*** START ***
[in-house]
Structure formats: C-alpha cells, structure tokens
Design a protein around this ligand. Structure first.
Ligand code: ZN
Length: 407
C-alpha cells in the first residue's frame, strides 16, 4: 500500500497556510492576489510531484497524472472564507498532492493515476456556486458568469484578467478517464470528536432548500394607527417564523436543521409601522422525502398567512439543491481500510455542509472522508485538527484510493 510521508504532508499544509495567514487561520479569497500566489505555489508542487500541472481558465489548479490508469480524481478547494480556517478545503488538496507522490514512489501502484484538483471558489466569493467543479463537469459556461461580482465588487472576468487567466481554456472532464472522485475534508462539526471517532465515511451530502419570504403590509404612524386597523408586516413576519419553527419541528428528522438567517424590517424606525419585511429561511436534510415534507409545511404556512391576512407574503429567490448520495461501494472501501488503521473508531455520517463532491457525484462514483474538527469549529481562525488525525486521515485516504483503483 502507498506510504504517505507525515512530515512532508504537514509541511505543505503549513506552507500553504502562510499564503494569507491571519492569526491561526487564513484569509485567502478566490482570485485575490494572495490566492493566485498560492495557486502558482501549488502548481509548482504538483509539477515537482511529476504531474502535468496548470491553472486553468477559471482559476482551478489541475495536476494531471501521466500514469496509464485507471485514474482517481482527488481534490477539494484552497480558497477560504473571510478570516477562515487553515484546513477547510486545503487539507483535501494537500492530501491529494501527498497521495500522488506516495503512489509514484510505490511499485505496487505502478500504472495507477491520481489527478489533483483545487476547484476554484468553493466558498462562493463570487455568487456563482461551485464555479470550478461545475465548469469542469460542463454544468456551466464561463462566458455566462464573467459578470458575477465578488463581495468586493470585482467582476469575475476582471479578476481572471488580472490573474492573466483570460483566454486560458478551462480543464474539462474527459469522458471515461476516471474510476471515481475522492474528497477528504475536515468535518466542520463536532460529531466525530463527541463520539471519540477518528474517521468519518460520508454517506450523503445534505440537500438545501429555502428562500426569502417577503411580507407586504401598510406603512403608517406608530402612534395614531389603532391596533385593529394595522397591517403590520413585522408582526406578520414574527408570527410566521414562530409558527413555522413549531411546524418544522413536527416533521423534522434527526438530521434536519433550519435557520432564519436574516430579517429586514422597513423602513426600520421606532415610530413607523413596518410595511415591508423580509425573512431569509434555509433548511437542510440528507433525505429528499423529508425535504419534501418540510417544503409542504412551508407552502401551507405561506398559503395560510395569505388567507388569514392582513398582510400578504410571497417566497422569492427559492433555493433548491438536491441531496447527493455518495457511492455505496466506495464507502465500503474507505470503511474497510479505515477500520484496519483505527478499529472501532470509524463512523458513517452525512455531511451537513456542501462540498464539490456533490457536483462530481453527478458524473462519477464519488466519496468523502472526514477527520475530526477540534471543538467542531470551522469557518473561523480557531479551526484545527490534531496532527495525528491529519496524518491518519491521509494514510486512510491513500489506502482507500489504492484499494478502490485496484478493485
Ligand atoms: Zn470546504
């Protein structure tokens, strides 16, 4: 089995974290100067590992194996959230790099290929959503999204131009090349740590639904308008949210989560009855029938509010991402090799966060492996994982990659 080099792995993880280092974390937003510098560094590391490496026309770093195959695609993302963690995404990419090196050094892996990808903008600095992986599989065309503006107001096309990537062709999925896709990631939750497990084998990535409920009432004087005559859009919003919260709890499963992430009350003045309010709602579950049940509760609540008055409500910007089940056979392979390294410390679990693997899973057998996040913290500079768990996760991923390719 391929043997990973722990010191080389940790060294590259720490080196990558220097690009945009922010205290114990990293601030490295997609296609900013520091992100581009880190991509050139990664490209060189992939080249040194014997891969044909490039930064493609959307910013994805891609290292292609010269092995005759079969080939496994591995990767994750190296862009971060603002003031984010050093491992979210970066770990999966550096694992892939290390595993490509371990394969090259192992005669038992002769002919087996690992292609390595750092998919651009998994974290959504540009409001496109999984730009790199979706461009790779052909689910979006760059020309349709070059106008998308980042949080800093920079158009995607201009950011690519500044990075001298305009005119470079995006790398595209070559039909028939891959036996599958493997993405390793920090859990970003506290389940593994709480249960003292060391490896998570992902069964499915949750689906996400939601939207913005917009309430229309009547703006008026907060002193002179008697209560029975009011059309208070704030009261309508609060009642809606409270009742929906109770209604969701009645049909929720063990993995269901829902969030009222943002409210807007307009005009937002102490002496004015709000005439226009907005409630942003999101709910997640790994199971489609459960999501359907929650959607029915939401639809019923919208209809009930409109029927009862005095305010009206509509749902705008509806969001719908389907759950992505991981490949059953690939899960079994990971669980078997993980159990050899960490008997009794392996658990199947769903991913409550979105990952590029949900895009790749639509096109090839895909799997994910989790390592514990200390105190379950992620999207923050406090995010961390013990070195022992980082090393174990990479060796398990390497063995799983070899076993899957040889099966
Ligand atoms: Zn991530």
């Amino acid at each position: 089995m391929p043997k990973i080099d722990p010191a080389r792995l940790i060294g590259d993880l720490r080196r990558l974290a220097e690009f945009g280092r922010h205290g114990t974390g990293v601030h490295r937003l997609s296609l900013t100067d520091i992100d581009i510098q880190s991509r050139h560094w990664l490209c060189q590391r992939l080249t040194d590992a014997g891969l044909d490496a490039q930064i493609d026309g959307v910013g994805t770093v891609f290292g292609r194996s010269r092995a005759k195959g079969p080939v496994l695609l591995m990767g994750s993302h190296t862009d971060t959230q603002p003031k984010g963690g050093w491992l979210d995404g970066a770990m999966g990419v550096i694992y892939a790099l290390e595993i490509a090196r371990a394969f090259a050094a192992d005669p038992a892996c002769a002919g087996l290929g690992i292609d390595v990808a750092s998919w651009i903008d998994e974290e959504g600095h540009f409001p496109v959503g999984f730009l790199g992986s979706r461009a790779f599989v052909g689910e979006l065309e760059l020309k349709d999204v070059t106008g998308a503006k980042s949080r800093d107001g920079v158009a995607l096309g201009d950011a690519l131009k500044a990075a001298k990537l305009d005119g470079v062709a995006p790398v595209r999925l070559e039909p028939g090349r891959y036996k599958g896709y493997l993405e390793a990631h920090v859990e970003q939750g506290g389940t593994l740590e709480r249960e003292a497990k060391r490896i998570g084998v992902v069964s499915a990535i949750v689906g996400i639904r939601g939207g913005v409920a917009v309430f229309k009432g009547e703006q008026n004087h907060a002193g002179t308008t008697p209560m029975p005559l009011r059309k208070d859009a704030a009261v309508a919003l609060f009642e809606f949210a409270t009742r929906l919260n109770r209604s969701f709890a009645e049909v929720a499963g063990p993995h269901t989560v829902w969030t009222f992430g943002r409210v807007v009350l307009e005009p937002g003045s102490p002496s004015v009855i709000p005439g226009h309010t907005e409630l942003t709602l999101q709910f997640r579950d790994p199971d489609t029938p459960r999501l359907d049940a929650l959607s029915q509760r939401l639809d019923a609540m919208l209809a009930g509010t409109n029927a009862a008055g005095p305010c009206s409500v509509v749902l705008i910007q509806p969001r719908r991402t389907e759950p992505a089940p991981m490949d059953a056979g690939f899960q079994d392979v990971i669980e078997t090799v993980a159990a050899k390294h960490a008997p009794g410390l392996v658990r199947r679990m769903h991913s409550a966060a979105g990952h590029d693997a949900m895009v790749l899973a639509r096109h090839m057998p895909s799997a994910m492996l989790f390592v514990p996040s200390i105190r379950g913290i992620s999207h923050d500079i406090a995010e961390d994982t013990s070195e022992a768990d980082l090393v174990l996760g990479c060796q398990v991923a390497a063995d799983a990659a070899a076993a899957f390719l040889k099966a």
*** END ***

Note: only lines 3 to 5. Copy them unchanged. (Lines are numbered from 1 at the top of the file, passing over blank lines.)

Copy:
Design a protein around this ligand. Structure first.
Ligand code: ZN
Length: 407